You have the burden of proof the wrong way around. sys is a builtin module. C is the default language, absent a compelling reason to use Python instead. The code is simple enough that there is no such reason, thus the implementation will be in C.
-- Sent from my phone, thus the relative brevity :) On Jun 2, 2012 12:30 AM, "Mark Shannon" email@example.com wrote:
Nick Coghlan wrote:
On Fri, Jun 1, 2012 at 11:17 PM, Mark Shannon firstname.lastname@example.org wrote:
import imp tag = imp.get_tag()
sys.implementation = SysImplementation() sys.implementation.name = tag[:tag.index('-')] sys.implementation.version = sys.version_info sys.implementation.hexversion = sys.hexversion
This is wrong. sys.version_info is the language version, while sys.implementation.version is the implementation version. They happen to be the same for CPython because it's the reference interpreter, but
I thought this list was for CPython, not other implementations ;)
splitting the definition like this allows (for example) a 0.1 release
of a new implementation to target Python 3.3 and clearly indicate the difference between the two version numbers.
As the PEP's rationale section says: "The status quo for implementation-specific information gives us that information in a more fragile, harder to maintain way. It is spread out over different modules or inferred from other information, as we see with platform.python_**implementation().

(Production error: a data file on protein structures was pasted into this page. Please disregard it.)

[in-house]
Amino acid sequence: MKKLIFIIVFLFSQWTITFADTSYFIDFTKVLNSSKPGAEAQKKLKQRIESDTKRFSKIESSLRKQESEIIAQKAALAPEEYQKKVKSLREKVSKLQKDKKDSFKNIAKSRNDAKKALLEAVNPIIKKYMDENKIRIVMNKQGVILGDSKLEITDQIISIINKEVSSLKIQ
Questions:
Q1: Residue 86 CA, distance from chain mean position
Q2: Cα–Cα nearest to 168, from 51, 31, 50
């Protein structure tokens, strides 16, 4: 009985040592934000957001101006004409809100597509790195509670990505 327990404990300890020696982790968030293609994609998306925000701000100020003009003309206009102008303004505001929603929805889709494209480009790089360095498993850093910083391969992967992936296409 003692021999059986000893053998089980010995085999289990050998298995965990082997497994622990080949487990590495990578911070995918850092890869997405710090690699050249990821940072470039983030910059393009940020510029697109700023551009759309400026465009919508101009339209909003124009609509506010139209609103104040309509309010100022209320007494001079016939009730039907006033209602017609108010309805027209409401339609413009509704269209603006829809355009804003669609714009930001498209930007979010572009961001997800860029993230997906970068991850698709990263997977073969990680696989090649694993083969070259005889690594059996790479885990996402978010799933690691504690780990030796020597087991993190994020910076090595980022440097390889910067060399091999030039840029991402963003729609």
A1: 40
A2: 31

This PEP is the main alternative to that approach. It consolidates the implementation-specific information into a single namespace and makes explicit that which was implicit."
The idea of the PEP is provide a standard channel from the implementation specific parts of the interpreter (i.e. written in the implementation language) through to the implementation independent code in the standard library (i.e. written in Python). It's intended to *replace* the legacy APIs in the long run, not rely on them.
I'm not arguing with the PEP, just discussing how to implement it.
While we're unlikely to bother actually deprecating legacy APIs like imp.get_tag() (as it isn't worth the hassle), PEP 421 means we can at least avoid *adding* to them. To achieve the aims of the PEP without double-keying data it *has* to be written in C.
Could you justify that last sentence. What is special about C that means that information does not have to be duplicated, yet it must be in Python? I've already provided two implementations. The second derives all the information it needs from other sources, thus conforming to DRY. If the use of imp bothers you, then would this be OK:
I just picked imp.get_tag() because it has the relevant info. Would:
sys.implementation.cache_tag = (sys.implementation.name + '-' + str(sys.version_info) + str(str(sys.version_info))
The long term goal here is that all the code in the standard library should be implementation independent - PyPy, Jython, IronPython, et al should be able to grab it and just run it. That means the implementation specific stuff needs to migrate into the C code and get exposed through standard APIs. PEP 421 is one step along that road.
I don't see how that is relevant. sys.implementation can never be part of the shared stdlib. That does not mean it has to be implemented in C.
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